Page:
Professor Pamela H. Smith (Columbia University), Professor Chandra Mukerji (University of California) and Professor David Livingstone (Queen’s University, Belfast) will be giving keynote lectures.
This conference seeks to break with the age-old separation of hand and mind and uncover examples of material and embodied knowledge across a broad range of periods, geographical locations, spaces and places.
Developments in histories of science, medicine and technology have fundamentally re-oriented our understanding of knowledge production. Recent scholarship has made a break with narratives that privilege a few ‘great men’ and engaged with a more diverse range of actors (e.g. women, indigenous peoples, tradesmen, technicians) and prioritised an approach that uncovers complex interactions between humans, their environments and the material things they have at their disposal.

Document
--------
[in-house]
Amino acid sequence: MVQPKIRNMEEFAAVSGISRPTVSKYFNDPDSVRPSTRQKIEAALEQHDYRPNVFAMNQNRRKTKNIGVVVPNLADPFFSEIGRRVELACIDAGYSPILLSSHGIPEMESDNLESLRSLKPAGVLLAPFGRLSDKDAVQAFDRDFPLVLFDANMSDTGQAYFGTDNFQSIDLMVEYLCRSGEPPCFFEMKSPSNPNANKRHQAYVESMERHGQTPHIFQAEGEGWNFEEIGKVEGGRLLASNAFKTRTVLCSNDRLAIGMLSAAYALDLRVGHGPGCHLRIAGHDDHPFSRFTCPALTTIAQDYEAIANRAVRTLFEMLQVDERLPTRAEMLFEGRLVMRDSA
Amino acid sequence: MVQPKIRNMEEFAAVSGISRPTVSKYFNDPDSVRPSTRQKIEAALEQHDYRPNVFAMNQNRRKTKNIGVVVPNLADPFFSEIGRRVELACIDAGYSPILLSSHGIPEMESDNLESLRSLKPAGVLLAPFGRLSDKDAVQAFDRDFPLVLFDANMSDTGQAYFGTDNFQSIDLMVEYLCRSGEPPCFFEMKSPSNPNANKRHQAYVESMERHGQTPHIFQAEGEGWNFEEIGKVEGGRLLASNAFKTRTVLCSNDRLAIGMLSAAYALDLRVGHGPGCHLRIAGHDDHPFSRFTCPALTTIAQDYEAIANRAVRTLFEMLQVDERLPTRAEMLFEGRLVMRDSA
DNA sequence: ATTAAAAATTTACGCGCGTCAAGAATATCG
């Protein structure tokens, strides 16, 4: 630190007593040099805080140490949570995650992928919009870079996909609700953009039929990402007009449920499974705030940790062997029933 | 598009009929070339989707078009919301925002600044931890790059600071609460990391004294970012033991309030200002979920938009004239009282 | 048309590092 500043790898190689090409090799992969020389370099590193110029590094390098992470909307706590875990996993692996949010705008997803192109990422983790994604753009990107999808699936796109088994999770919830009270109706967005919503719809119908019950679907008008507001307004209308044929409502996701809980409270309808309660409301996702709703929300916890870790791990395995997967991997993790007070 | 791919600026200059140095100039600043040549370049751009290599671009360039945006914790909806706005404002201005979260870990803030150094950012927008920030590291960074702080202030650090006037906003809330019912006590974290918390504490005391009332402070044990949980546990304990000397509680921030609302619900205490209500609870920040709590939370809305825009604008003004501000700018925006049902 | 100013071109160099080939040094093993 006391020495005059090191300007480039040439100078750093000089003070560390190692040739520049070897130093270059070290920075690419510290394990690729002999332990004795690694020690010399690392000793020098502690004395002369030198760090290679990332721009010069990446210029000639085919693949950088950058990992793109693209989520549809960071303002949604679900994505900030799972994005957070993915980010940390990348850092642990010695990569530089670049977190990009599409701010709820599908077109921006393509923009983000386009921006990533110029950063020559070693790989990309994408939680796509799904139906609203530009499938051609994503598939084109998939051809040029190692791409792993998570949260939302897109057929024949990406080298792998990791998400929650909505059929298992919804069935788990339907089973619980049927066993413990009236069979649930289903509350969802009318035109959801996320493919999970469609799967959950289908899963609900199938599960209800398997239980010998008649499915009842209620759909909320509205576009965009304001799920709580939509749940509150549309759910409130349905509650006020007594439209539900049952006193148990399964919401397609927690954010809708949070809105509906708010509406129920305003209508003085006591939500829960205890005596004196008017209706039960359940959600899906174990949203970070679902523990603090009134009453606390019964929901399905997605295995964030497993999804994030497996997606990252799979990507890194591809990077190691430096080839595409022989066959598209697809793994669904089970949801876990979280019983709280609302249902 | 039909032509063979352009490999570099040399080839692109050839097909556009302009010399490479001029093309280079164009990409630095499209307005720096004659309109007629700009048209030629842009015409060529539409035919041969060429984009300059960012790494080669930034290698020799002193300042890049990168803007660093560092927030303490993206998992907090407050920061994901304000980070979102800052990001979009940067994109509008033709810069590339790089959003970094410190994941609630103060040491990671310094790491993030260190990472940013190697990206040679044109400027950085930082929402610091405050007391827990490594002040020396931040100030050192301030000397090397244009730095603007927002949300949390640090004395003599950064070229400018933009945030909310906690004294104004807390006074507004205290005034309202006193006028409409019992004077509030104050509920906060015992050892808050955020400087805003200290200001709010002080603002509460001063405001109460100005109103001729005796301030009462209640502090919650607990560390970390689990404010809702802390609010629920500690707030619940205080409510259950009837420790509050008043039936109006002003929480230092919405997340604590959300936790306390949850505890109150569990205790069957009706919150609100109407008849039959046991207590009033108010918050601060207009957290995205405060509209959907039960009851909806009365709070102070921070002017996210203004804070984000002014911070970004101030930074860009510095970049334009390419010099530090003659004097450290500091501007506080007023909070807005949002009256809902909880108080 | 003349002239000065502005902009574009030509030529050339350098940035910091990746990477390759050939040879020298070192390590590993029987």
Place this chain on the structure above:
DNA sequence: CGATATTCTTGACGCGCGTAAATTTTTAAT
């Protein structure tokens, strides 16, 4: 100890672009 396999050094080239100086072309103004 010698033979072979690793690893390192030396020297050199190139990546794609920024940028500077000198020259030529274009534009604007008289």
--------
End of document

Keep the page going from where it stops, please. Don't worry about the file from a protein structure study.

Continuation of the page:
However, ‘knowledge’ or intellectual work took many different forms and scholars from fields such as food history, gender history, literary studies, historical geography and art history have increasingly viewed activities that were traditionally dismissed as unexceptional (such as cooking or craft) as playing a critical role in knowledge production.
Some kinds of knowledge are harder to access in the historical record than others and require different sources and approaches to bring their meaning and significance to light. The surge in interest, across a range of disciplines, in the study of material culture has served to unlock one such source and has offered new opportunities for understanding different forms of knowing – the material, the embodied and the non-verbal.
For further details and to register to attend please use the following link: https://www.qub.ac.uk/schools/happ/News-and-Events/UncoveringMaterialKnowledge.html